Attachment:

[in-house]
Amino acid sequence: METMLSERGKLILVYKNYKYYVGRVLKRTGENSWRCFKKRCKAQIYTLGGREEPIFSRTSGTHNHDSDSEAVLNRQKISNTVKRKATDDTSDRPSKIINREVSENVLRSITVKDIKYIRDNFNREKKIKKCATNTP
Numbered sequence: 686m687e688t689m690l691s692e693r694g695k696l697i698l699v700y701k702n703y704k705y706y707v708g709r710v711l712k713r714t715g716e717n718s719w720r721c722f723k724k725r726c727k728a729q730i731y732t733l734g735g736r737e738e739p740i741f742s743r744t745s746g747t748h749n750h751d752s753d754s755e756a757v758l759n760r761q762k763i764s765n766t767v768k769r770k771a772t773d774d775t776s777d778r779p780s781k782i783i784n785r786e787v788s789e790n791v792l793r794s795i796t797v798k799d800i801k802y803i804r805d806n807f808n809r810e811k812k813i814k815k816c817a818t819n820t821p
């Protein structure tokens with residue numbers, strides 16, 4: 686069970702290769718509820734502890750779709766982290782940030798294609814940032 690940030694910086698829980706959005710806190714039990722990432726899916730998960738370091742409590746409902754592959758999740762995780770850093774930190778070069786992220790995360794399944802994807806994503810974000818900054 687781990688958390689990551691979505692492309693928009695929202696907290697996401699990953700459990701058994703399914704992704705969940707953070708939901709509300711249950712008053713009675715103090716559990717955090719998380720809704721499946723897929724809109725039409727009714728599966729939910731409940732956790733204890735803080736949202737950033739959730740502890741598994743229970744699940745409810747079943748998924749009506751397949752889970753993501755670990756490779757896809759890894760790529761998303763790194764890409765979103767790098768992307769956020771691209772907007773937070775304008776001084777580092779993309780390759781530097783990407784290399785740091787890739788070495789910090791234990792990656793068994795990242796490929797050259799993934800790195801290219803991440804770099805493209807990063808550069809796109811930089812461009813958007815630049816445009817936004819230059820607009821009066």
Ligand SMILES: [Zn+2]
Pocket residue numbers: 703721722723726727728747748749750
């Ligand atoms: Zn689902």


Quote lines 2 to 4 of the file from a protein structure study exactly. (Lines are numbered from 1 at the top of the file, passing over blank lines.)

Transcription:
Amino acid sequence: METMLSERGKLILVYKNYKYYVGRVLKRTGENSWRCFKKRCKAQIYTLGGREEPIFSRTSGTHNHDSDSEAVLNRQKISNTVKRKATDDTSDRPSKIINREVSENVLRSITVKDIKYIRDNFNREKKIKKCATNTP
Numbered sequence: 686m687e688t689m690l691s692e693r694g695k696l697i698l699v700y701k702n703y704k705y706y707v708g709r710v711l712k713r714t715g716e717n718s719w720r721c722f723k724k725r726c727k728a729q730i731y732t733l734g735g736r737e738e739p740i741f742s743r744t745s746g747t748h749n750h751d752s753d754s755e756a757v758l759n760r761q762k763i764s765n766t767v768k769r770k771a772t773d774d775t776s777d778r779p780s781k782i783i784n785r786e787v788s789e790n791v792l793r794s795i796t797v798k799d800i801k802y803i804r805d806n807f808n809r810e811k812k813i814k815k816c817a818t819n820t821p
């Protein structure tokens with residue numbers, strides 16, 4: 686069970702290769718509820734502890750779709766982290782940030798294609814940032 690940030694910086698829980706959005710806190714039990722990432726899916730998960738370091742409590746409902754592959758999740762995780770850093774930190778070069786992220790995360794399944802994807806994503810974000818900054 687781990688958390689990551691979505692492309693928009695929202696907290697996401699990953700459990701058994703399914704992704705969940707953070708939901709509300711249950712008053713009675715103090716559990717955090719998380720809704721499946723897929724809109725039409727009714728599966729939910731409940732956790733204890735803080736949202737950033739959730740502890741598994743229970744699940745409810747079943748998924749009506751397949752889970753993501755670990756490779757896809759890894760790529761998303763790194764890409765979103767790098768992307769956020771691209772907007773937070775304008776001084777580092779993309780390759781530097783990407784290399785740091787890739788070495789910090791234990792990656793068994795990242796490929797050259799993934800790195801290219803991440804770099805493209807990063808550069809796109811930089812461009813958007815630049816445009817936004819230059820607009821009066």